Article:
It’s bigger than I was expecting, pretty much like the Microbrute was smaller than I expected when I got it. In the 2010s slang size scale, it’s not quite an absolute unit, but it is thicc. It feels really solid and good, though in appearance it’s a weird anachronistic smear of decades — faux wood sides like an 80s home appliance, but the big numeric LCD is blue rather than red, and there are 2010s style colorful light-up rubber buttons.
The sound is great, defaulting more to “beefy” than other things but there’s so much versatility there, it refuses to be pinned down. The patch bay is an extremely powerful tool compared to the extreme limitations of the Microbrute’s few patch points, and I haven’t even patched it to my Eurorack gear yet. Maybe I just haven’t used the right oscillators before, but its main VCO will do dynamic expo FM combined with sync without sounding gross, and that’s pretty notable. It also does linear FM, AM patching is possible, and this time you can feed any signal through the metalizer.
The patch bay does have some limits, and there are a few design choices that seem odd (but mostly reveal their purpose with a little experimentation). I’d gladly give up the Inverter for direct filter input and output — great for using the filter as an oscillator, patching the metalizer post-filter, filtering the square but not the triangle, etc. The two onboard attenuators have other inputs normalled to their outputs, so sometimes you need an extra dummy cable to rein things in. And for some reason pad velocity doesn’t affect volume unless you patch it through the extra VCA; it could have defaulted that way. But overall, it is hot stuff indeed.
The patch I have set up right now is pretty reminiscent of one of Isao Tomita’s “baritone singing voice” patches, and is quite beefy. It’s using expo FM, the metalized triangle, and lowpass filter with a lot of resonance and fair amount of “Brute Factor” (a sort of drive/feedback patch), with pad pressure controlling the filter cutoff. Just a particularly great sweet spot I stumbled into.
With its nifty sequencer, it’d make a fantastic friend to a groovebox, with mad 303-esque bass/melody lines (but a better sound than the 303 which I’m honestly pretty tired of). I’m unlikely to use that style in my own music, but it’s fun to jam with, especially given that the arpeggiator can interrupt the sequencer and keep playing in time with the rhythm, and you can also temporarily hold loops in the sequence, and tweak it live. It’s very performable, which is great.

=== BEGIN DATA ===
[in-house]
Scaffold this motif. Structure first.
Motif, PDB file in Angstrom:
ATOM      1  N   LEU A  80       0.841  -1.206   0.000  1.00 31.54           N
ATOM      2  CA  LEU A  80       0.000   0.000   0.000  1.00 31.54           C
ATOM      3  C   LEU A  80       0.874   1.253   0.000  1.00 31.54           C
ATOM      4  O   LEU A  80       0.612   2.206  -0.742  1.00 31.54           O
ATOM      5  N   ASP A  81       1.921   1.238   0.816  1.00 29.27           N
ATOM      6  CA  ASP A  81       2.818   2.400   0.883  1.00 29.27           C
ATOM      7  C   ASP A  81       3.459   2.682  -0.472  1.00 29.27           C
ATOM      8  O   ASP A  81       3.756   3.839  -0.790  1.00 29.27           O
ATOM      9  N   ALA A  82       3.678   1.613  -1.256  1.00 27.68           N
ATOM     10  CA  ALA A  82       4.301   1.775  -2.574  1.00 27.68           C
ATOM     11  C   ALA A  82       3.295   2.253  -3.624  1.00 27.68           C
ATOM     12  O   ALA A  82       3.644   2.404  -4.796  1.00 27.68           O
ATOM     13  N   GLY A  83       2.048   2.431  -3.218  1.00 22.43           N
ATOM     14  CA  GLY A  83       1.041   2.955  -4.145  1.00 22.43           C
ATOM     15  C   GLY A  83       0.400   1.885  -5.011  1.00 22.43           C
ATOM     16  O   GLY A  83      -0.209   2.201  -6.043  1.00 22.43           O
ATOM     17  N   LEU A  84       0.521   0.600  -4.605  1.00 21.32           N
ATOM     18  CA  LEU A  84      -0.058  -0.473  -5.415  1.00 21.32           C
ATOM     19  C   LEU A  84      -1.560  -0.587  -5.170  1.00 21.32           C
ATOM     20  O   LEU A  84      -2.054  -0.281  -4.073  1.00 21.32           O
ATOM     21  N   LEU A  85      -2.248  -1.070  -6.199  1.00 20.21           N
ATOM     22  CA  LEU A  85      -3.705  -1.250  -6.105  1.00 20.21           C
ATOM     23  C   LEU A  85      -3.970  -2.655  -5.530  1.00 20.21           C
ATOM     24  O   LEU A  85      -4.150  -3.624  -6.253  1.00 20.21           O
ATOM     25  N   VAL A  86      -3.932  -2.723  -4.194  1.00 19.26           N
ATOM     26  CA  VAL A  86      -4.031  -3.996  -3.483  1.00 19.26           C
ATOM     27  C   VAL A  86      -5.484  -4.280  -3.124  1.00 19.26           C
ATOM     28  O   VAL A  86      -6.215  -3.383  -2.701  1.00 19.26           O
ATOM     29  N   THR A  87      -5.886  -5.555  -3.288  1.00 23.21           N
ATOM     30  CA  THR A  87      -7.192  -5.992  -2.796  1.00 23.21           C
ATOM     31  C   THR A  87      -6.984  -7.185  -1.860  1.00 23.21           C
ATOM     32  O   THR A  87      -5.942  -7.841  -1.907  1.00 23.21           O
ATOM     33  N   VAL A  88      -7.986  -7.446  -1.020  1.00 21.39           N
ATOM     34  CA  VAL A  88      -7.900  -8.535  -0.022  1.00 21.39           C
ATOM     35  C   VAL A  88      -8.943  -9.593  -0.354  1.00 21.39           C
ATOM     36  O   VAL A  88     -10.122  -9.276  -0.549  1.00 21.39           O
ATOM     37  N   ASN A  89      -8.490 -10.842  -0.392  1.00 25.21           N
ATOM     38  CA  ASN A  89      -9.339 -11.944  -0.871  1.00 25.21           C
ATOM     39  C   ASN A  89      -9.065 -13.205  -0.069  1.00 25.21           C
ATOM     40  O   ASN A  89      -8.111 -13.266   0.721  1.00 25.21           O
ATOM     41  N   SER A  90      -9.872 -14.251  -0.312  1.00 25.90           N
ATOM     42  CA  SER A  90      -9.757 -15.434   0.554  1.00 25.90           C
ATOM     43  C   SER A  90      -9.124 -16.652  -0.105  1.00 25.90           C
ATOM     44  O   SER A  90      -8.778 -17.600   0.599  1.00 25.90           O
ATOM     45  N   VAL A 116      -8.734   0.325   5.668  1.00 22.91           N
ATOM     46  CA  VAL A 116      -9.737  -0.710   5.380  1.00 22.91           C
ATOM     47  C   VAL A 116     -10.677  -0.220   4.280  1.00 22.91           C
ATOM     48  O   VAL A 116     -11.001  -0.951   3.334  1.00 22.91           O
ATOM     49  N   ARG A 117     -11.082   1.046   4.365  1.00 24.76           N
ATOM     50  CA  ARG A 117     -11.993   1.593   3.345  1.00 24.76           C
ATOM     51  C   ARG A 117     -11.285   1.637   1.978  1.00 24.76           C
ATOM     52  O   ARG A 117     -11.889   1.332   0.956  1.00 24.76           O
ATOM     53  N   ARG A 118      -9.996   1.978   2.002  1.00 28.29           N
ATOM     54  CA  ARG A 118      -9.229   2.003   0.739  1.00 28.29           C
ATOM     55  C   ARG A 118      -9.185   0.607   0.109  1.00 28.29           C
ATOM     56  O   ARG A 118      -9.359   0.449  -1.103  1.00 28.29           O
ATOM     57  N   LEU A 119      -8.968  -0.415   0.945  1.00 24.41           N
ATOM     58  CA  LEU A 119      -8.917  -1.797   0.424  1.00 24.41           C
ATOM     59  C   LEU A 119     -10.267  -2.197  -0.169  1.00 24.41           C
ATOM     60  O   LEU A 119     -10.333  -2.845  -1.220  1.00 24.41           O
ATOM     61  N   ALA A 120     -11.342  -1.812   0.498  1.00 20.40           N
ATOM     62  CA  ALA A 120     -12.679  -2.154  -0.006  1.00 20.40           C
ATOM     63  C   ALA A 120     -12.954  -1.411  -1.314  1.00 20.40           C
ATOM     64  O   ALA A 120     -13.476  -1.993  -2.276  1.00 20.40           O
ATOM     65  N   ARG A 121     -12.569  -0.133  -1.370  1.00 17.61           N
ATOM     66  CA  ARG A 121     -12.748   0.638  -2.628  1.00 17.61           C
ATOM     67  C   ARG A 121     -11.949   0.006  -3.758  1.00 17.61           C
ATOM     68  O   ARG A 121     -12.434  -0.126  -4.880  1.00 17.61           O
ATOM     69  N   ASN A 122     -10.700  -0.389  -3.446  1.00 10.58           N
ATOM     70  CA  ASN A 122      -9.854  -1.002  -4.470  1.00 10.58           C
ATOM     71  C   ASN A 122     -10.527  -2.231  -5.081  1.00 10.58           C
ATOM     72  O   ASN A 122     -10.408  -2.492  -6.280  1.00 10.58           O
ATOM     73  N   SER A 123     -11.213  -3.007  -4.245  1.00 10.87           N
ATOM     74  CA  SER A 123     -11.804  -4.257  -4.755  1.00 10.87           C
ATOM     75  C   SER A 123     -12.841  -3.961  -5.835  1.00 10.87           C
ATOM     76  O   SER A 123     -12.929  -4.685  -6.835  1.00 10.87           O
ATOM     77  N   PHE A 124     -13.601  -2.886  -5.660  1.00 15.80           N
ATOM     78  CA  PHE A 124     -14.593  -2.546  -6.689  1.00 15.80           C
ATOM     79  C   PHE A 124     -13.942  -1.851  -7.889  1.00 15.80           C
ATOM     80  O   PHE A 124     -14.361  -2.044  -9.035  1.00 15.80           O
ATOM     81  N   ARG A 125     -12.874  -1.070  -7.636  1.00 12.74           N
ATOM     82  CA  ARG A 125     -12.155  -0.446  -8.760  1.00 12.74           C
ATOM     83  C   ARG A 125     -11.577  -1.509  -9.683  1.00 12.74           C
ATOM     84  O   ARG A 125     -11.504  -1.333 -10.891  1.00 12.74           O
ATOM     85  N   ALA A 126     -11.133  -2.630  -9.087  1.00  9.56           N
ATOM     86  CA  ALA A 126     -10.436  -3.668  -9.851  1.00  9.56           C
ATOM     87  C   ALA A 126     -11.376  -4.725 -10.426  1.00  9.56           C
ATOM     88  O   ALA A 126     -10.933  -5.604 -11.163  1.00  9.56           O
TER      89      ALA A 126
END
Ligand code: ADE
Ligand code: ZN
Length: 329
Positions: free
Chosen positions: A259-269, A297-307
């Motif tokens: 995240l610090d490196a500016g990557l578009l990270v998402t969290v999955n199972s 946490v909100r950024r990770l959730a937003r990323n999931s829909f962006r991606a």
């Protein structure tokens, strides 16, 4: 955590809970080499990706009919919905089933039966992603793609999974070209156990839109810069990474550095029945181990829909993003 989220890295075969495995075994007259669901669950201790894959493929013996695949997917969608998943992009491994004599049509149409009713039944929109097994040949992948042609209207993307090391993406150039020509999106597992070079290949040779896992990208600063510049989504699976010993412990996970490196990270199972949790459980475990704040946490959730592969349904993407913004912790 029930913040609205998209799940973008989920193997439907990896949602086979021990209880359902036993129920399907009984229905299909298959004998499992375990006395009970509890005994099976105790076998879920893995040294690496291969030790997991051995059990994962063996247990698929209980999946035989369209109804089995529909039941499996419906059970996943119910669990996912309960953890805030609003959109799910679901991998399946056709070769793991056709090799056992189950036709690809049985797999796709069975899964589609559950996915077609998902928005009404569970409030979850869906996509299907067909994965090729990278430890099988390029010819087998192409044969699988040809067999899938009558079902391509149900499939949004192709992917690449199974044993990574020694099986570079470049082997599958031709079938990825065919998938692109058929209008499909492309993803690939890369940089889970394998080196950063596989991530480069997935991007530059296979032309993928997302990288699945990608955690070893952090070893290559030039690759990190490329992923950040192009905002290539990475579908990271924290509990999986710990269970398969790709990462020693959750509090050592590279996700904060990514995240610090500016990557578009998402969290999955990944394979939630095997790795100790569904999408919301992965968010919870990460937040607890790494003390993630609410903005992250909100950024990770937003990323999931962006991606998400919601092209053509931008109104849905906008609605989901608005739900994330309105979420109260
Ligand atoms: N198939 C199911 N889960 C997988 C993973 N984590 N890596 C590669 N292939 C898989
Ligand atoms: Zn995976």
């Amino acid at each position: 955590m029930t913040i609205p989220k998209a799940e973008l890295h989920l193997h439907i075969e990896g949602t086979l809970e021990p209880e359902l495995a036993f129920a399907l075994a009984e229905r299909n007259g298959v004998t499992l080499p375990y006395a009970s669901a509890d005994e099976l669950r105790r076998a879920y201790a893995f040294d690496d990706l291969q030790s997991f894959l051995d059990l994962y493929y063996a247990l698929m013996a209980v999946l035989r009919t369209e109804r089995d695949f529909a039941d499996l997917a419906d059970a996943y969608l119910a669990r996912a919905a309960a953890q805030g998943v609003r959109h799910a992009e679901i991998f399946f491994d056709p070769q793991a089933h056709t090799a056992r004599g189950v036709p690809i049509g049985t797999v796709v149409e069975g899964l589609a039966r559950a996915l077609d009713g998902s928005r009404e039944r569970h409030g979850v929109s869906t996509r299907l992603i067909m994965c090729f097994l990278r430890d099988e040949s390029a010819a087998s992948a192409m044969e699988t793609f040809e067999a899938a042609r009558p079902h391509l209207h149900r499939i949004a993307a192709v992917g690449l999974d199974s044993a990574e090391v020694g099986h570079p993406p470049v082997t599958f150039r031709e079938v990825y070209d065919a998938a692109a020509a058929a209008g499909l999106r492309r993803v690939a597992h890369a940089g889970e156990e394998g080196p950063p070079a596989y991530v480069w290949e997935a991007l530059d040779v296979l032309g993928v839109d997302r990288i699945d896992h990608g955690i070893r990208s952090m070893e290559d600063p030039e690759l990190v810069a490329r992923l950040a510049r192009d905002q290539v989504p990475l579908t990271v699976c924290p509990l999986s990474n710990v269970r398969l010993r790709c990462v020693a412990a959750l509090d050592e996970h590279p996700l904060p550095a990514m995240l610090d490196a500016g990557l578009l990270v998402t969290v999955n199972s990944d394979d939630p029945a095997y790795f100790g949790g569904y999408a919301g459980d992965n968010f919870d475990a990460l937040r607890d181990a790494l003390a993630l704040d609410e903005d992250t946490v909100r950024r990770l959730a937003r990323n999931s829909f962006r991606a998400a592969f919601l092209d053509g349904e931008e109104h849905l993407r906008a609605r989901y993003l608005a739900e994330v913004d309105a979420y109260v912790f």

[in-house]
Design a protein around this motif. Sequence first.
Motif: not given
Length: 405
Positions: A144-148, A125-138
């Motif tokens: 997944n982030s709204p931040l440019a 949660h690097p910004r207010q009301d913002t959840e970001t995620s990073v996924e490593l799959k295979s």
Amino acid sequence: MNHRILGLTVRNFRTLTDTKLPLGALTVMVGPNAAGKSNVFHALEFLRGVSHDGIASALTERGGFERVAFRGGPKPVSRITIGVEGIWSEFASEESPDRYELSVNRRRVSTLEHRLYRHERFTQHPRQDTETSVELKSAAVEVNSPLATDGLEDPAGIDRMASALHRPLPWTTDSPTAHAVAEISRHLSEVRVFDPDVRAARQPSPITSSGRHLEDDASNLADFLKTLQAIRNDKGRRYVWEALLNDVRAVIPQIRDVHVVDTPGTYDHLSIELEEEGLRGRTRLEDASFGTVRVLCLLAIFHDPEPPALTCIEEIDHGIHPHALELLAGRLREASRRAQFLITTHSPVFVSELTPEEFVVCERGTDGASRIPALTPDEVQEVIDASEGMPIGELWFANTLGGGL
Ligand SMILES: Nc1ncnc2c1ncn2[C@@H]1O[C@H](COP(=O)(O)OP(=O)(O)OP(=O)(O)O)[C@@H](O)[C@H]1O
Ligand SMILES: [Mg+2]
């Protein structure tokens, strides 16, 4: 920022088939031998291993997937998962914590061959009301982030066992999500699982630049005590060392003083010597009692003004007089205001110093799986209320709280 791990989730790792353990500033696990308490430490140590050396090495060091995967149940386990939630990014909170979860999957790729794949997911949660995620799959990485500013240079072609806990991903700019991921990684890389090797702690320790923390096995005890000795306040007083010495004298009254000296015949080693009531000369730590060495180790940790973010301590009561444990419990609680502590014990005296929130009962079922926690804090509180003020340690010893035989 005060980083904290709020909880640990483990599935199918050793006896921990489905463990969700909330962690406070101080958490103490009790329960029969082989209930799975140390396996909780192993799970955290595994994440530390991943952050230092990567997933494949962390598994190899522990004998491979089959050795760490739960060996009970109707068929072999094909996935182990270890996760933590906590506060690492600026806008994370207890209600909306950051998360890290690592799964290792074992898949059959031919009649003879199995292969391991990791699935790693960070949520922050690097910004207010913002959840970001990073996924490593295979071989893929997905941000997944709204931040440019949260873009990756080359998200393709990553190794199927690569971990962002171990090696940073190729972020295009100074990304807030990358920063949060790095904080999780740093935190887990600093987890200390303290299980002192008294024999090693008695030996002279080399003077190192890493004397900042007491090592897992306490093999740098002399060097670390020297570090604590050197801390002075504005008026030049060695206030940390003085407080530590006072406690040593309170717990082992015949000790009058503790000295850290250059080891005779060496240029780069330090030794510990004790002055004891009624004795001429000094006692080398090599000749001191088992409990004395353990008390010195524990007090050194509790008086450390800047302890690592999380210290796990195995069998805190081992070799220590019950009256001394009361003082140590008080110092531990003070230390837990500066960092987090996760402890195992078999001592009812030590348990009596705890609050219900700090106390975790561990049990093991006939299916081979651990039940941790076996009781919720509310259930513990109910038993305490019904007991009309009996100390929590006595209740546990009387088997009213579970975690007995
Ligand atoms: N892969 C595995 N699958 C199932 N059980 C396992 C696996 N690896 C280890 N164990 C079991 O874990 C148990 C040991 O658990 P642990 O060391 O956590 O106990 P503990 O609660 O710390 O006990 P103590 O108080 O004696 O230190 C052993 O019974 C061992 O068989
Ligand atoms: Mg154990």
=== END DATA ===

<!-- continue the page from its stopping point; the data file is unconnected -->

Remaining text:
The plan is to replace the Medusa. Now… there are things I like about the Medusa that I will probably miss:
- Medusa’s synth engine may be a lot more plain overall compared to MB2S, but that does kind of highlight its expo FM and filter FM possibilities. Which simply means that I need to show restraint sometimes with my synthesis techniques.
- Medusa is paraphonic with up to 6 voices, where MB2S is monophonic (or duophoonic if the oscs are separately controlled/sequenced, which is possible even internally). That being said, I still have the Microfreak and software synths, Just Friends can be paraphonic and many of my digital oscillators will produce chords or clusters or swarms.
- Medusa’s grid controller is very clever, with 8×8 pads that support X/Y movement and pressure, and selectable scales and adjustable layout. MB2S has just one chromatic octave of note pads, so it’s not something for solos with big leaps. I do like those leaps sometimes…
- Medusa’s sequencer is also cool, with its parameter locks. But they are also a little unfriendly to edit, and I wasn’t really using the parameter lock that stuff much in my music. MB2S’s more groovebox-like sequencer does offer a couple of extra CV channels that will give me a decent amount of variety though.
I appreciate that the synth engine on this is 100% analog, totally knob-per-function. The sequencer is digital of course, but its output is four signals available in the patch bay — pitch and gate, plus two more CVs that can be velocity and pressure (synced to pitch/gate) or generic unipolar CV, additional pitch and/or gate, AD envelopes (with adjustable attack/decay per step) or LFOs of various shapes (with adjustable speed and amplitude per step).
I’m going to ponder controller possibilities while I get to know this instrument both on its own and integrated with my modular.